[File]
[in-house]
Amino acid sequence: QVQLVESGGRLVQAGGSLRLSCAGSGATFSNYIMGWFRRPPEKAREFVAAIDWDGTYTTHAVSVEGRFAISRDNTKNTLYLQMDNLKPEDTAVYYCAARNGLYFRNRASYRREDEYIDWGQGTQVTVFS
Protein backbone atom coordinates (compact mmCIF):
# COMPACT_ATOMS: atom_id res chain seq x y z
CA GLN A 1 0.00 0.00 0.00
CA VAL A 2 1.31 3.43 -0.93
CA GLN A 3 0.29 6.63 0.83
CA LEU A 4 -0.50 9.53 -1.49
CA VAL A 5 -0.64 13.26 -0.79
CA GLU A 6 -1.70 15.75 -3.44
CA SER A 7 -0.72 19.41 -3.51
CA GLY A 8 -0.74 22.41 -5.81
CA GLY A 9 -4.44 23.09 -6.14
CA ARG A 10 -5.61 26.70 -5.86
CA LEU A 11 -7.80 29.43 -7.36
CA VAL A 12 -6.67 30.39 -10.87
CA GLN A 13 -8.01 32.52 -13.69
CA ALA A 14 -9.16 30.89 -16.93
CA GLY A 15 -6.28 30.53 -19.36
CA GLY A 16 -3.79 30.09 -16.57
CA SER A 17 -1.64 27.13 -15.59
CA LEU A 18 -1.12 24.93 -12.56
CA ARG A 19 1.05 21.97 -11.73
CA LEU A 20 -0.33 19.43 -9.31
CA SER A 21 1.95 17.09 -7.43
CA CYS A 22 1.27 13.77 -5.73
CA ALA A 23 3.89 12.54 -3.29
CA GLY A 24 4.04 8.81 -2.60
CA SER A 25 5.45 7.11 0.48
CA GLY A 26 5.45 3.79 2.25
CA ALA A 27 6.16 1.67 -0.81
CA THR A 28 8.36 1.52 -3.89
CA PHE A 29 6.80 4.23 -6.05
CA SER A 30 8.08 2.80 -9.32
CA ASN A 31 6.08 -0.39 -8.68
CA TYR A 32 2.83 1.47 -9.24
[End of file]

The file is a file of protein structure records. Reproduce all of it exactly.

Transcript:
[in-house]
Amino acid sequence: QVQLVESGGRLVQAGGSLRLSCAGSGATFSNYIMGWFRRPPEKAREFVAAIDWDGTYTTHAVSVEGRFAISRDNTKNTLYLQMDNLKPEDTAVYYCAARNGLYFRNRASYRREDEYIDWGQGTQVTVFS
Protein backbone atom coordinates (compact mmCIF):
# COMPACT_ATOMS: atom_id res chain seq x y z
CA GLN A 1 0.00 0.00 0.00
CA VAL A 2 1.31 3.43 -0.93
CA GLN A 3 0.29 6.63 0.83
CA LEU A 4 -0.50 9.53 -1.49
CA VAL A 5 -0.64 13.26 -0.79
CA GLU A 6 -1.70 15.75 -3.44
CA SER A 7 -0.72 19.41 -3.51
CA GLY A 8 -0.74 22.41 -5.81
CA GLY A 9 -4.44 23.09 -6.14
CA ARG A 10 -5.61 26.70 -5.86
CA LEU A 11 -7.80 29.43 -7.36
CA VAL A 12 -6.67 30.39 -10.87
CA GLN A 13 -8.01 32.52 -13.69
CA ALA A 14 -9.16 30.89 -16.93
CA GLY A 15 -6.28 30.53 -19.36
CA GLY A 16 -3.79 30.09 -16.57
CA SER A 17 -1.64 27.13 -15.59
CA LEU A 18 -1.12 24.93 -12.56
CA ARG A 19 1.05 21.97 -11.73
CA LEU A 20 -0.33 19.43 -9.31
CA SER A 21 1.95 17.09 -7.43
CA CYS A 22 1.27 13.77 -5.73
CA ALA A 23 3.89 12.54 -3.29
CA GLY A 24 4.04 8.81 -2.60
CA SER A 25 5.45 7.11 0.48
CA GLY A 26 5.45 3.79 2.25
CA ALA A 27 6.16 1.67 -0.81
CA THR A 28 8.36 1.52 -3.89
CA PHE A 29 6.80 4.23 -6.05
CA SER A 30 8.08 2.80 -9.32
CA ASN A 31 6.08 -0.39 -8.68
CA TYR A 32 2.83 1.47 -9.24